Cohen, Eliot A(sher) 1956-

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COHEN, Eliot A(sher) 1956-

PERSONAL: Born April 3, 1956, in Boston, MA; son of Felix M. (a physician) and Frieda S. Cohen; married Judith G. Rosenberg, June 26, 1977; children: Raphael, Michal, Rebecca. Education: Harvard University, B.A. (magna cum laude), 1977, M.A., 1979, Ph.D., 1982.

ADDRESSES: Office—Johns Hopkins University School of Advanced International Studies, Baltimore, MD 21218. E-mail—[email protected]

CAREER: Harvard University, Cambridge, MA, assistant professor of government and Allston Burr Senior Tutor in Quincy House, 1982-86; U.S. Naval War College, Newport, RI, visiting professor, 1985-86, Secretary of the Navy senior research fellow, beginning 1986; Johns Hopkins University, Baltimore, MD, professor of strategic studies. Military service: U.S. Army Reserve, 1982—; became second lieutenant.

MEMBER: International Institute for Strategic Studies, American Political Science Association, Inter-University Seminar on Armed Forces and Society.

WRITINGS:

Commandos and Politicians: Elite Military Units in Modern Democracies, Center for International Affairs, Harvard University (Cambridge, MA), 1978.

(Contributor) Samuel P. Huntington, editor, The Strategic Imperative, Ballinger, 1982.

Soldiers and Citizens: Dilemmas of Military Service, Cornell University Press (Ithaca, NY), 1985.

(With John Gooch) Military Misfortunes: The Anatomy of Failure in War, Free Press (New York, NY), 1990.

Making Do with Less; or, Coping with Upton's Ghost, U.S. Army War College (Carlisle Barracks, PA), 1995.

(With Thomas A. Keaney) Revolution in Warfare?: Air Power in the Persian Gulf, Naval Institute Press (Annapolis, MD), 1995.

(Author of foreword) U.S. Civil-Military Relations: In Crisis or Transition?, Center for Strategic and International Studies, 1995.

(With Michael J. Eisenstadt and Andrew J. Bacevich) Knives, Tanks, and Missiles: Israel's Security Revolution, Washington Institute for Near-East Policy (Washington, DC), 1998.

(Editor, with Andrew J. Bacevich) War over Kosovo: Politics and Strategy in a Global Age, Columbia University Press (New York, NY), 2001.

Supreme Command: Soldiers, Statesmen and Leaders in Wartime, Free Press (New York, NY), 2002.

(Editor, with John Baylis, James Wirtz, Colin Gray, and David Papineau) Strategy in the Contemporary World: Introduction to Strategic Studies, Oxford University Press (New York, NY), 2002.

Director of Gulf War Air Power Survey, Office of the Secretary of the Air Force (Washington, DC), 1993. Contributor of articles and reviews to journals and other periodicals, including New Republic, Foreign Affairs, Public Interest, Commentary, and International Security.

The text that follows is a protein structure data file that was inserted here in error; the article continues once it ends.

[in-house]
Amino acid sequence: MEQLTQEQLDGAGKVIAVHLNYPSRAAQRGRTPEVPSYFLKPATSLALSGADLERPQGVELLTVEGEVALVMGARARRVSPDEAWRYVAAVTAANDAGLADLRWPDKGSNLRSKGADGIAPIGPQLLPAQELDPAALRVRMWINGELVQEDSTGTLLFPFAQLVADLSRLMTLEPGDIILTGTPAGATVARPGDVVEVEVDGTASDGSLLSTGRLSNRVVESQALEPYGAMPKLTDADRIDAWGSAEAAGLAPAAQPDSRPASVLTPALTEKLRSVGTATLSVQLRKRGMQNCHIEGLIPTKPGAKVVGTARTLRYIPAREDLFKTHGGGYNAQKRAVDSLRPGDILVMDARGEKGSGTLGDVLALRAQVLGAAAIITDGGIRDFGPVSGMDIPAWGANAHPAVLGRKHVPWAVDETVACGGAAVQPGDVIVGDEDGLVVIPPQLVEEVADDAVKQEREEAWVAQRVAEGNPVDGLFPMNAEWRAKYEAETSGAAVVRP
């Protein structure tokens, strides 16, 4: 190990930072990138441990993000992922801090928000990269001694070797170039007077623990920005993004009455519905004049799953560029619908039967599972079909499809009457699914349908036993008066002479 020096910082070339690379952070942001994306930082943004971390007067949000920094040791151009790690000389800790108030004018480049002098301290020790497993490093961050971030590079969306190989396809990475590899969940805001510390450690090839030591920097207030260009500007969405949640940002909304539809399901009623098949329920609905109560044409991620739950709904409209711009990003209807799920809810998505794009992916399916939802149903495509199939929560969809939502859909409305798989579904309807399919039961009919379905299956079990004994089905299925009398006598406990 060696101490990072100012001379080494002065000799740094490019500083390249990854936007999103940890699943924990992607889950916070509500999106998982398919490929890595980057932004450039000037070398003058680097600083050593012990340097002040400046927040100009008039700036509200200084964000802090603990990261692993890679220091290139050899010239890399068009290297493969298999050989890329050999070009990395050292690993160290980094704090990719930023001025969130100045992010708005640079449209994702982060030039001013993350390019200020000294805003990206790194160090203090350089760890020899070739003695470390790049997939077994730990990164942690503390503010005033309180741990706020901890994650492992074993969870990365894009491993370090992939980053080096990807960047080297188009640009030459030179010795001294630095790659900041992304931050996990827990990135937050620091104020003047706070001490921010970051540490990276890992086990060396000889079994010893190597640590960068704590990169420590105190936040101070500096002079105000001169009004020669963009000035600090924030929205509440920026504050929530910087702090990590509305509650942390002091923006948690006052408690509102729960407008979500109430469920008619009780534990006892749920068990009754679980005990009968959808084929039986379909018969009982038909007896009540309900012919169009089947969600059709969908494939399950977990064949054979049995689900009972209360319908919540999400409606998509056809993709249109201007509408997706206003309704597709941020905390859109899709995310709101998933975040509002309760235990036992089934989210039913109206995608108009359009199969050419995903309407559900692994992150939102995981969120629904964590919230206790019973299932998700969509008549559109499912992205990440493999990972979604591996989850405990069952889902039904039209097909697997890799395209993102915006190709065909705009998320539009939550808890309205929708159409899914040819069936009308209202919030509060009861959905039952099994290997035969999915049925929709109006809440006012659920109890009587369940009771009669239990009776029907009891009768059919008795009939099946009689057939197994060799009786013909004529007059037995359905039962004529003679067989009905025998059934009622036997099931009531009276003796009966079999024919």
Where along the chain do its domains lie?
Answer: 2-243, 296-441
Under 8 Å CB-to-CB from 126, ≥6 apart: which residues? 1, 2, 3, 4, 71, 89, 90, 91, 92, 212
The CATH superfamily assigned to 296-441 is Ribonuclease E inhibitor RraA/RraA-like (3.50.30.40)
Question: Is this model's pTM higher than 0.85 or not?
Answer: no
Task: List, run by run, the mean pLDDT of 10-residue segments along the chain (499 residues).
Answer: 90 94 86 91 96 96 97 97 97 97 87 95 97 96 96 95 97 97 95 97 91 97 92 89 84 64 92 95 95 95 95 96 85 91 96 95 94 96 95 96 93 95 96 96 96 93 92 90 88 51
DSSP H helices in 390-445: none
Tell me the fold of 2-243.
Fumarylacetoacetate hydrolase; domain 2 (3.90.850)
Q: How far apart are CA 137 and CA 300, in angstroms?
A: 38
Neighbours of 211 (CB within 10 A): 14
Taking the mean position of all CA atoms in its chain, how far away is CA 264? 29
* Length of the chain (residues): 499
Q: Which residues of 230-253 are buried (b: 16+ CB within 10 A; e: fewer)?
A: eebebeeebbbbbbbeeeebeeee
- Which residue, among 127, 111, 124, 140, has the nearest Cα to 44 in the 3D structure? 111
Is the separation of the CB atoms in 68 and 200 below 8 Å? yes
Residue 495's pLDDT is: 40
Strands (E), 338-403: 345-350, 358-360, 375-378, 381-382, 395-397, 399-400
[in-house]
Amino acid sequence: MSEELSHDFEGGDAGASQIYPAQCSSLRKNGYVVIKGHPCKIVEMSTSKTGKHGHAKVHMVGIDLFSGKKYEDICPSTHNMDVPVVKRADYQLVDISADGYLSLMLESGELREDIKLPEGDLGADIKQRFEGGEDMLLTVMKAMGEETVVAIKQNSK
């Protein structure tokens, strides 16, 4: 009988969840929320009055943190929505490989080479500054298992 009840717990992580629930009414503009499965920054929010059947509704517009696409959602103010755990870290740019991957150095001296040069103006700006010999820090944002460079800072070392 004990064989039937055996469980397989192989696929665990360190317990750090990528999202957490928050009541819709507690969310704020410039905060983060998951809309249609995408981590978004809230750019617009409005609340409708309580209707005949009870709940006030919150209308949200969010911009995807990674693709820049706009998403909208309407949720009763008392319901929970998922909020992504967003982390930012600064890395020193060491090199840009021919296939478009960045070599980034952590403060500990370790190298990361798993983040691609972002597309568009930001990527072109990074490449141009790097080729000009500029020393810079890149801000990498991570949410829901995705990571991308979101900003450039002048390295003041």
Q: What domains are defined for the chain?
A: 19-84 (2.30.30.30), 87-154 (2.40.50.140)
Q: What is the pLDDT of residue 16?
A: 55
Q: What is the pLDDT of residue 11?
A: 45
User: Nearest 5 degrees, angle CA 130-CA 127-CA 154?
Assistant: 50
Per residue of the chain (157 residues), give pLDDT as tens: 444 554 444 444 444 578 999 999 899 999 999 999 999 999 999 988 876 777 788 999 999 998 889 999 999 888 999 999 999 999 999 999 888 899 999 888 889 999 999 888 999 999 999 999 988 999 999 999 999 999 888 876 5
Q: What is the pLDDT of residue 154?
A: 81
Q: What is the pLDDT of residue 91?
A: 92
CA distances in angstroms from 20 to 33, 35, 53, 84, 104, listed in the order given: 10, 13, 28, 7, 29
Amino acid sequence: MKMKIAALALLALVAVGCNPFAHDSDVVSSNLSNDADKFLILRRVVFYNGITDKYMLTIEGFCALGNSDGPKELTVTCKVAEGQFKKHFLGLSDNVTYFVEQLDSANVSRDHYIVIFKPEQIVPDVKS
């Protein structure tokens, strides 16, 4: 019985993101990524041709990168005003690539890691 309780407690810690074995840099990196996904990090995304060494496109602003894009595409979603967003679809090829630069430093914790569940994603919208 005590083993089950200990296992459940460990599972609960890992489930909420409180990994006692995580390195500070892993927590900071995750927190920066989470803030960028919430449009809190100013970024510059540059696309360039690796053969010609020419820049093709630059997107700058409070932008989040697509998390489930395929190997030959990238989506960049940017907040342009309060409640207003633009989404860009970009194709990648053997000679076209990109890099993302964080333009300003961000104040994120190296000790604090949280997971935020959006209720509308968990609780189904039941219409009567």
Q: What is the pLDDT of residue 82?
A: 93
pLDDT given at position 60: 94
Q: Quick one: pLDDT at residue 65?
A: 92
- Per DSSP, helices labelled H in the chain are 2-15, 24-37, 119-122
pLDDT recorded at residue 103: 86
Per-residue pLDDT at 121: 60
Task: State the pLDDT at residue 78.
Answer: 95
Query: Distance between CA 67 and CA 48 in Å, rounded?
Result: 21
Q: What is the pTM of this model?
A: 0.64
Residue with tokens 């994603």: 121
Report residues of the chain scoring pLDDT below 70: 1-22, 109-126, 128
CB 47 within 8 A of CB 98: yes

SIDELIGHTS: Eliot Cohen, a professor of strategic studies, focuses his writing on military issues in the United States and abroad. In his controversial study Supreme Command: Soldiers, Statesmen, and Leaders in Wartime, Cohen challenges the view that wars are fought best by those on the battlefield, without civilian (read: political) interference. In the author's research, it was precisely the strategic acumen of four national leaders—U.S. President Abraham Lincoln, British Prime Minister Winston Churchill, French Prime Minister Georges Clemenceau, and Israeli leader David Ben-Gurion—that ensured victories for their respective causes. The author "does not quite convince the reader that his four heroes—so different in age, culture, and circumstance—had anything very specific in common," noted an Economist reviewer. "But all of them had to make bold and controversial decisions which were certain to provoke bewilderment and horror at the time."

Cohen's assertion runs counter to those who would argue, for instance, that the Vietnam War was lost by the United States because of President Lyndon Johnson's attempt to "micro-manage operations personally," as William O'Neill put it in a New Leader review. The author "thinks otherwise," O'Neill continued. "Far from micromanaging the [conflict] . . . , Johnson paid little attention to military operations beyond setting sensible limits designed to keep China and/or the Soviets from intervening. In his four and a half fruitless years as commander of American troops in Vietnam, General William C. Westmoreland hardly ever visited, or was visited by, [Secretary of Defense William] McNamara or Johnson." The author compares Johnson's approach to leaders of the past, and decides, according to O'Neill, that "Lincoln would have dismissed [Westmoreland], Clemenceau would have been constantly on his back, and Churchill would have brutally questioned the general until he started producing answers that made sense."

The fallout from indecisive political leadership during wartime can be wide-ranging. During the Persian Gulf War of 1990, "not only did the civilian leadership seek not to interfere with military operations, it allowed the military to make important political judgments," commented National Review contributor Richard Lowry. U.S. General Colin Powell "had an integral role in calling an end to the ground war at its 100th hour, and in keeping its goals from stretching beyond merely removing Saddam Hussein from Kuwait. The first President Bush . . . disastrously bowed to the illusion that war was a matter of mere battlefield management." Whether or not the Gulf War was actually "won" remained a question that haunted President George W. Bush in 2002 as the United States again faced war with Iraq as part of the U.S. war on terrorism.